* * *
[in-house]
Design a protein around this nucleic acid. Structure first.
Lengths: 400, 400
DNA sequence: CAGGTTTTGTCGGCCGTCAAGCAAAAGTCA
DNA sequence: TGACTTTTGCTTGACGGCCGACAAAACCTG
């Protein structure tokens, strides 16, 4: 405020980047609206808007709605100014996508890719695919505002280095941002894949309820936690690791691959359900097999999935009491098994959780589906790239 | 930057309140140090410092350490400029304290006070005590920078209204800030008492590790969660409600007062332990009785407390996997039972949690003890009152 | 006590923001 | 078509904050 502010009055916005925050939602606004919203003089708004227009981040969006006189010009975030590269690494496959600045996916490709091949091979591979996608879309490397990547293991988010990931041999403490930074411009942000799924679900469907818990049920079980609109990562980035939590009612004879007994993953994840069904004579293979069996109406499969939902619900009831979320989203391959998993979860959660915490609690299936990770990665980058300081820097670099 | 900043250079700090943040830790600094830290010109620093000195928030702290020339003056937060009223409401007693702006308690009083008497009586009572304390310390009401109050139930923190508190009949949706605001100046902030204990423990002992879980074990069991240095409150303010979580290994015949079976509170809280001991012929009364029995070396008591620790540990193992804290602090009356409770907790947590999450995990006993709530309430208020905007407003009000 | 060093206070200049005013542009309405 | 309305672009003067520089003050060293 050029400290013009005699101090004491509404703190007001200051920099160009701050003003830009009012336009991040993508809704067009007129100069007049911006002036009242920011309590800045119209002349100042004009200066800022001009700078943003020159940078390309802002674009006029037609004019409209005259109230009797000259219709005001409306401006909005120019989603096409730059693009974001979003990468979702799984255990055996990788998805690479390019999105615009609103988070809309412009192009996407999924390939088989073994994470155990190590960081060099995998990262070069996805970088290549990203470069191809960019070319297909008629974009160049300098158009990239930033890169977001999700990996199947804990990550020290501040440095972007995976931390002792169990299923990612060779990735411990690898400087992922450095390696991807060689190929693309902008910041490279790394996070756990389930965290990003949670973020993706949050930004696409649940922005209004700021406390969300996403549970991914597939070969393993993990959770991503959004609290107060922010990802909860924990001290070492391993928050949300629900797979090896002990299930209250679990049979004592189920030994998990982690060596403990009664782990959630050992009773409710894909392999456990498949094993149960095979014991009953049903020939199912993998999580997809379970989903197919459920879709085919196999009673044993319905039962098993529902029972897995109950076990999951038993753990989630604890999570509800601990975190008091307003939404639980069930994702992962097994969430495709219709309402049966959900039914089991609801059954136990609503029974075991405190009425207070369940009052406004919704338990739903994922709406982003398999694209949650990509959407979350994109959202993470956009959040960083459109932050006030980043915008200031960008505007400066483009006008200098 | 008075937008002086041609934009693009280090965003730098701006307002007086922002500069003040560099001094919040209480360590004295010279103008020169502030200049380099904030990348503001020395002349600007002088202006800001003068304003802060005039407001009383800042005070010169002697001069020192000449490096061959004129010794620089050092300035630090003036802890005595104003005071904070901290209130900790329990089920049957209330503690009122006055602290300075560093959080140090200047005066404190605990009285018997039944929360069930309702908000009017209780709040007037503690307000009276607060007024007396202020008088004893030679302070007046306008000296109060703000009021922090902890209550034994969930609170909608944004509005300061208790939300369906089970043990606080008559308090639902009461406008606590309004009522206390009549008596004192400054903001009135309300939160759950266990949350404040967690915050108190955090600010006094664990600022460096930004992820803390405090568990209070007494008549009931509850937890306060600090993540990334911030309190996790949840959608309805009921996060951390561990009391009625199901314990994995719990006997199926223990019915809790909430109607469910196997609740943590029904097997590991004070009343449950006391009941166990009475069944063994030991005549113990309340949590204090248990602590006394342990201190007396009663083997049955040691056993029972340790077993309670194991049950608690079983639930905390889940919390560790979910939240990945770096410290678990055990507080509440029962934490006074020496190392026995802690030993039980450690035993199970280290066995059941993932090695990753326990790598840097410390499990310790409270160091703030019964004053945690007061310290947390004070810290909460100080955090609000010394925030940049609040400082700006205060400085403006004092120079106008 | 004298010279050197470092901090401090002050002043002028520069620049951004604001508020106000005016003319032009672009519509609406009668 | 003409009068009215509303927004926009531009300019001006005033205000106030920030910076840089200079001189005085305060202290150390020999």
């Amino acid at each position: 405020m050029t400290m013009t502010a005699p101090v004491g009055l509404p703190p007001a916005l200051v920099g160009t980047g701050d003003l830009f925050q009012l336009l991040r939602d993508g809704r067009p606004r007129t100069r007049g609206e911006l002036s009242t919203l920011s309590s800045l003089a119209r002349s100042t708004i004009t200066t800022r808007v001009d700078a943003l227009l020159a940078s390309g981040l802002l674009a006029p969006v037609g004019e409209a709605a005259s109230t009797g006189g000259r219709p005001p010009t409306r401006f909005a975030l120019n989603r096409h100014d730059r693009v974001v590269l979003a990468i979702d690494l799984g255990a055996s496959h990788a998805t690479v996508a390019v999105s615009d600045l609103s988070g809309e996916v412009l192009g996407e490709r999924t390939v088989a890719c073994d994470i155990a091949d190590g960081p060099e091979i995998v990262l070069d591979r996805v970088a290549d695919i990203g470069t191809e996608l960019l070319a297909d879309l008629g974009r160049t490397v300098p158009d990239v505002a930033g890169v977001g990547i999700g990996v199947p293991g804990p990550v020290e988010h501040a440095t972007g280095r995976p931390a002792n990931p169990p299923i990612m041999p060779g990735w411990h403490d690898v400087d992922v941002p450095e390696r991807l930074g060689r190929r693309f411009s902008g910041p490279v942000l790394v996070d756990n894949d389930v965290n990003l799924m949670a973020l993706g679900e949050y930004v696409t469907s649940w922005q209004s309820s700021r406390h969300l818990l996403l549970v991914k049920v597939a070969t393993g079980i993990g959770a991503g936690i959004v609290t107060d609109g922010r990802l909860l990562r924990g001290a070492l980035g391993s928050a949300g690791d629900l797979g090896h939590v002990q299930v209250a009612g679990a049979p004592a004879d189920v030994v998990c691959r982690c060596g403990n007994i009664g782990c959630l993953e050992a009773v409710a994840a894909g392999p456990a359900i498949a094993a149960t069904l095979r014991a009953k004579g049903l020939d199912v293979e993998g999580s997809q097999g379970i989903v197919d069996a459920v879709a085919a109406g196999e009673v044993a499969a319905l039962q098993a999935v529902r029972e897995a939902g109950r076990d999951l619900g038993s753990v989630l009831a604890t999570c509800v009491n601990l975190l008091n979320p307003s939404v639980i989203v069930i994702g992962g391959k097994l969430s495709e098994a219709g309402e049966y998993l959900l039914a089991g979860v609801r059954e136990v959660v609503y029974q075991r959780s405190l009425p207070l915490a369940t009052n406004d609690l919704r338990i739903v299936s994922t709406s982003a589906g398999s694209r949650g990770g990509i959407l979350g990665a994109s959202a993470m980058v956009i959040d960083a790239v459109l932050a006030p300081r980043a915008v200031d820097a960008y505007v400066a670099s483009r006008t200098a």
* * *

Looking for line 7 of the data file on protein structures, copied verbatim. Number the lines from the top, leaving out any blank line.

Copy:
């Amino acid at each position: 405020m050029t400290m013009t502010a005699p101090v004491g009055l509404p703190p007001a916005l200051v920099g160009t980047g701050d003003l830009f925050q009012l336009l991040r939602d993508g809704r067009p606004r007129t100069r007049g609206e911006l002036s009242t919203l920011s309590s800045l003089a119209r002349s100042t708004i004009t200066t800022r808007v001009d700078a943003l227009l020159a940078s390309g981040l802002l674009a006029p969006v037609g004019e409209a709605a005259s109230t009797g006189g000259r219709p005001p010009t409306r401006f909005a975030l120019n989603r096409h100014d730059r693009v974001v590269l979003a990468i979702d690494l799984g255990a055996s496959h990788a998805t690479v996508a390019v999105s615009d600045l609103s988070g809309e996916v412009l192009g996407e490709r999924t390939v088989a890719c073994d994470i155990a091949d190590g960081p060099e091979i995998v990262l070069d591979r996805v970088a290549d695919i990203g470069t191809e996608l960019l070319a297909d879309l008629g974009r160049t490397v300098p158009d990239v505002a930033g890169v977001g990547i999700g990996v199947p293991g804990p990550v020290e988010h501040a440095t972007g280095r995976p931390a002792n990931p169990p299923i990612m041999p060779g990735w411990h403490d690898v400087d992922v941002p450095e390696r991807l930074g060689r190929r693309f411009s902008g910041p490279v942000l790394v996070d756990n894949d389930v965290n990003l799924m949670a973020l993706g679900e949050y930004v696409t469907s649940w922005q209004s309820s700021r406390h969300l818990l996403l549970v991914k049920v597939a070969t393993g079980i993990g959770a991503g936690i959004v609290t107060d609109g922010r990802l909860l990562r924990g001290a070492l980035g391993s928050a949300g690791d629900l797979g090896h939590v002990q299930v209250a009612g679990a049979p004592a004879d189920v030994v998990c691959r982690c060596g403990n007994i009664g782990c959630l993953e050992a009773v409710a994840a894909g392999p456990a359900i498949a094993a149960t069904l095979r014991a009953k004579g049903l020939d199912v293979e993998g999580s997809q097999g379970i989903v197919d069996a459920v879709a085919a109406g196999e009673v044993a499969a319905l039962q098993a999935v529902r029972e897995a939902g109950r076990d999951l619900g038993s753990v989630l009831a604890t999570c509800v009491n601990l975190l008091n979320p307003s939404v639980i989203v069930i994702g992962g391959k097994l969430s495709e098994a219709g309402e049966y998993l959900l039914a089991g979860v609801r059954e136990v959660v609503y029974q075991r959780s405190l009425p207070l915490a369940t009052n406004d609690l919704r338990i739903v299936s994922t709406s982003a589906g398999s694209r949650g990770g990509i959407l979350g990665a994109s959202a993470m980058v956009i959040d960083a790239v459109l932050a006030p300081r980043a915008v200031d820097a960008y505007v400066a670099s483009r006008t200098a």